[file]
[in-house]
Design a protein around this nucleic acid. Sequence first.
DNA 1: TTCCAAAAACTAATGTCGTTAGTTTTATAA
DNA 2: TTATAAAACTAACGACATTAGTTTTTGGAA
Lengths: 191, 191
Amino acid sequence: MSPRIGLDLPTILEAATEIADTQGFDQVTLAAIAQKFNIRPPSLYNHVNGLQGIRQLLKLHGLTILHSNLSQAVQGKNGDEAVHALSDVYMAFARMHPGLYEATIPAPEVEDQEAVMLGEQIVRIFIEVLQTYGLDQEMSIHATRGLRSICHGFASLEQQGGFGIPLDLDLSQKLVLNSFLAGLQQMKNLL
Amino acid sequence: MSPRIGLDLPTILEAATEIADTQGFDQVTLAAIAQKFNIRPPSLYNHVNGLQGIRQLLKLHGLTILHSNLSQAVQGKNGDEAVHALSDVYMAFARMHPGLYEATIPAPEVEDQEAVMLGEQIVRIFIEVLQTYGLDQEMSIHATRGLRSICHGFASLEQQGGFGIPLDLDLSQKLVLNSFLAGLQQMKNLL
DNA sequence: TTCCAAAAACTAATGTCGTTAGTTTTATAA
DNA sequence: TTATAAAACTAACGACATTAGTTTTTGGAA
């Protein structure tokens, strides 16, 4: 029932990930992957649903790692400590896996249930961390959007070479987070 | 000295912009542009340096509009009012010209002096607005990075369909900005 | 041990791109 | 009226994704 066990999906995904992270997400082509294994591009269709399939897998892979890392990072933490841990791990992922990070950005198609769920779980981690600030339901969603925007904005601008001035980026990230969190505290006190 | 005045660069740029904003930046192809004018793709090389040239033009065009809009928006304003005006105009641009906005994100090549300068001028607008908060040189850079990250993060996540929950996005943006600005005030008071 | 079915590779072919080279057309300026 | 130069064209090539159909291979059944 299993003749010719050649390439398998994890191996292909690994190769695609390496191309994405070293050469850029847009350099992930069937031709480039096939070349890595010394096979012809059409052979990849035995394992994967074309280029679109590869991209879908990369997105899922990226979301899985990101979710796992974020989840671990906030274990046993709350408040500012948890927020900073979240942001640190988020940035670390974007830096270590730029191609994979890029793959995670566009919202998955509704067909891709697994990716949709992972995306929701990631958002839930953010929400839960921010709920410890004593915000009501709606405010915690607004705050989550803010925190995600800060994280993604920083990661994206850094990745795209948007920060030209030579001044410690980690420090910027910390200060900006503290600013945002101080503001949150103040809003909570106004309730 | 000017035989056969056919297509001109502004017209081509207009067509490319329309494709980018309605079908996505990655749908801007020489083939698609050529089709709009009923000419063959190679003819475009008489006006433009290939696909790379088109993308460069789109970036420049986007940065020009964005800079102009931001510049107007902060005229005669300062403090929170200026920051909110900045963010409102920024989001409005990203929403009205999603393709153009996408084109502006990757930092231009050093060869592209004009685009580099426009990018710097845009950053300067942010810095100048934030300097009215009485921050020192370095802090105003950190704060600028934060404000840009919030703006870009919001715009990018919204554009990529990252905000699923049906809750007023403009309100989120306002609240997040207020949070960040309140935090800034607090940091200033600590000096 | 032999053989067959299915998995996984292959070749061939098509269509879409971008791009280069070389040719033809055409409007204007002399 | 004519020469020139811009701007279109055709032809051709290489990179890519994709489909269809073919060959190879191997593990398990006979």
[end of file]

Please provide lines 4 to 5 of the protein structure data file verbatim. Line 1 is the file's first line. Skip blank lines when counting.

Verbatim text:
DNA 2: TTATAAAACTAACGACATTAGTTTTTGGAA
Lengths: 191, 191